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What edge would Cisco have over Nortel in a VoIP implementation?

A comparison between the two telecommunication industry giants details what to ask about your vendor before using them as your carrier.

For our new IP telephony solution, we are deciding between Cisco and Nortel. We currently have a Cisco switching infrastructure installed. What is the compatibility of Nortel IP telephony over Cisco infrastructure? What edge would Cisco have over Nortel?
One advantage would be that you could utilize existing skill sets in IT that already support your Cisco gear to handle your voice applications. That said, Nortel also has a very similar interface and the transfer of knowledge would not be a huge jump, though would take some time.

One of the best things that you can do is have each vendor provide you with a competitive analysis. They would be happy to do so, and trust me, they have these documents. You also want to compare the features that you have on your current system to those provided by each of the other systems. If cost is a factor -- which would not be a surprise -- there are also ways that you can interface to each of these vendors using other phones, which may provide a savings.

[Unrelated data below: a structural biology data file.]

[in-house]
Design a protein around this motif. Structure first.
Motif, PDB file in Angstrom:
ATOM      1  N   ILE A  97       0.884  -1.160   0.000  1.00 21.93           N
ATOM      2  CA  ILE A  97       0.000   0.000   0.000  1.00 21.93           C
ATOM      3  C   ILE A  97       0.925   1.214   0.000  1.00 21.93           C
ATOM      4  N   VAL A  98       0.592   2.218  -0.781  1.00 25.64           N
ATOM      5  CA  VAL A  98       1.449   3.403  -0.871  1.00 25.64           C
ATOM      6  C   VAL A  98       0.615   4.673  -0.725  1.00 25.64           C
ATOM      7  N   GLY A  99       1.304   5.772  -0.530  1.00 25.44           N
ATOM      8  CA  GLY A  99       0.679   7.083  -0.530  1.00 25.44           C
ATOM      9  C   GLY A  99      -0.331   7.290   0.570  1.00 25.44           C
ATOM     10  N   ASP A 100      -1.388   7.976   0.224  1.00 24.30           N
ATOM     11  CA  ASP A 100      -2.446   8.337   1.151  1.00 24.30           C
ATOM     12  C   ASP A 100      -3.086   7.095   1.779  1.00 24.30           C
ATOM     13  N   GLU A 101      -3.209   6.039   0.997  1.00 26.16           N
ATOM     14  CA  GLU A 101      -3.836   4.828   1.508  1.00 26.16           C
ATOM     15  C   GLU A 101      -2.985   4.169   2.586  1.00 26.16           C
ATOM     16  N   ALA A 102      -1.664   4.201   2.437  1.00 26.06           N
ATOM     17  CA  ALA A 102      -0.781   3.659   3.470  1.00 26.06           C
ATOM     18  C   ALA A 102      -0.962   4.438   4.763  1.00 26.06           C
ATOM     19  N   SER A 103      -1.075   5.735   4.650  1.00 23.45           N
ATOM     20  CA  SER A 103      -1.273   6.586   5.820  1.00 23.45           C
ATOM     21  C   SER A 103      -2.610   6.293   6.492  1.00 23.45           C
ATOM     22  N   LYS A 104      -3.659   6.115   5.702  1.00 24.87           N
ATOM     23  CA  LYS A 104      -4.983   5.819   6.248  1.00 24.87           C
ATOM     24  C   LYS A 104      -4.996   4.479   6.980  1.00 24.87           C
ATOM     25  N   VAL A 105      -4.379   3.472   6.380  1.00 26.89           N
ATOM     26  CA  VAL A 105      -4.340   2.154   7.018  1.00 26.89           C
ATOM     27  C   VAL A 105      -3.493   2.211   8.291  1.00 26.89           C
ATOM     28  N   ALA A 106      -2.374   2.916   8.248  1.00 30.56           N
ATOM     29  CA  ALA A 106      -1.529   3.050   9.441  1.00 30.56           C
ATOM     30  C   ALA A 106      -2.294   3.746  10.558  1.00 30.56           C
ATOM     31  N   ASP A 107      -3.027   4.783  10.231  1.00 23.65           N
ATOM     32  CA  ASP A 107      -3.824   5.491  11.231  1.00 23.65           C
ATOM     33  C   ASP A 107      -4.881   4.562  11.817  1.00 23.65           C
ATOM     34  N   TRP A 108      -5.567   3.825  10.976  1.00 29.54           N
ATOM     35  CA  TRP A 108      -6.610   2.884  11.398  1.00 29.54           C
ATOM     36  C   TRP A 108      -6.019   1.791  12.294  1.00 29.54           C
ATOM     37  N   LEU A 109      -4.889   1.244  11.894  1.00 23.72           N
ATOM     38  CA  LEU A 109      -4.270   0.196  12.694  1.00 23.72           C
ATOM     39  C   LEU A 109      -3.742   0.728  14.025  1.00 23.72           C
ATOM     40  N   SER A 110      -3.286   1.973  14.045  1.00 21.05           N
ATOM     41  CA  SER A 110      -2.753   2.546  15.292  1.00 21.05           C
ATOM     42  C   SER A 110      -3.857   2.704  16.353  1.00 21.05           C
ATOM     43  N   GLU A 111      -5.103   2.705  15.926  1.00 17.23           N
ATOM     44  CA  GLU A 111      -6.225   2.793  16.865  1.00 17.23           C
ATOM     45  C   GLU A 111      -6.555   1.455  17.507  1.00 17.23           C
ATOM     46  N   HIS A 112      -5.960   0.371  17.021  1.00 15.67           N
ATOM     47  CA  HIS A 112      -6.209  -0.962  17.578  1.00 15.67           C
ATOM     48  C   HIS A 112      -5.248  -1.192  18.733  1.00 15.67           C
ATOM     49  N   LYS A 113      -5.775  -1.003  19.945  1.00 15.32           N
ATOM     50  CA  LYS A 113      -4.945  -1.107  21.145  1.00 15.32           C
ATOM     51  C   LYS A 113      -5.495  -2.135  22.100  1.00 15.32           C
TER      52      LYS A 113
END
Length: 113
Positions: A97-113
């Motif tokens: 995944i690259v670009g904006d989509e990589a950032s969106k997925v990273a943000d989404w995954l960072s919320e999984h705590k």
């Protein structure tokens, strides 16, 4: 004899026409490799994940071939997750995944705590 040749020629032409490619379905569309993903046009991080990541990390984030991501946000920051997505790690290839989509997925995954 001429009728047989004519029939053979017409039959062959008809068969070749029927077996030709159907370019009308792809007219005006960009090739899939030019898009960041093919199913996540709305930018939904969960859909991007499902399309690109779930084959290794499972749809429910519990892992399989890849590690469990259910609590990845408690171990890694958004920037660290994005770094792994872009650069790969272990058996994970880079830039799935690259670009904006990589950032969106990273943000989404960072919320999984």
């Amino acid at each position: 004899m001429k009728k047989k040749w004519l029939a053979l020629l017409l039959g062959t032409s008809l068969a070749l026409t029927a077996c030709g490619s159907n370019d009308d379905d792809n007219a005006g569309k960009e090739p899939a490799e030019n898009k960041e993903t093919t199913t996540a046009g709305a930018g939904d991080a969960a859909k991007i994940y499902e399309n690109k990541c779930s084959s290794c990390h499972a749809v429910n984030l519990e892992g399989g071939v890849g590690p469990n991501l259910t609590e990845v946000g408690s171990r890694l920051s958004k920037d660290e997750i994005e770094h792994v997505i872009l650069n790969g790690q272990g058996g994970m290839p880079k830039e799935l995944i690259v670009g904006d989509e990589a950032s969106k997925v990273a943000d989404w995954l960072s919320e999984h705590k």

It is hard to just pick one vendor over another with all of the variables involved. My favorite sneaky trick is to check each vendor's Web site under the press releases section. Find someone that installed the system a year or so ago. Give them a call and ask them how the installation went, what surprises they have had since, and how the current administration of the system is going. Ask if they had to reconfigure their network, as this is not an expense that would normally be included. Also, have each vendor provide you with an ROI/TCO comparison based on your situation.

There are several Nortel VoIP systems running over Cisco networks and vice versa. But you should have both look at your switches, routers, etc to be sure that quality of service will not be an issue. Finally, and this is really important - look at your cable plant. If it is faulty, it can wreak havoc on your VoIP network!

This was last published in March 2006

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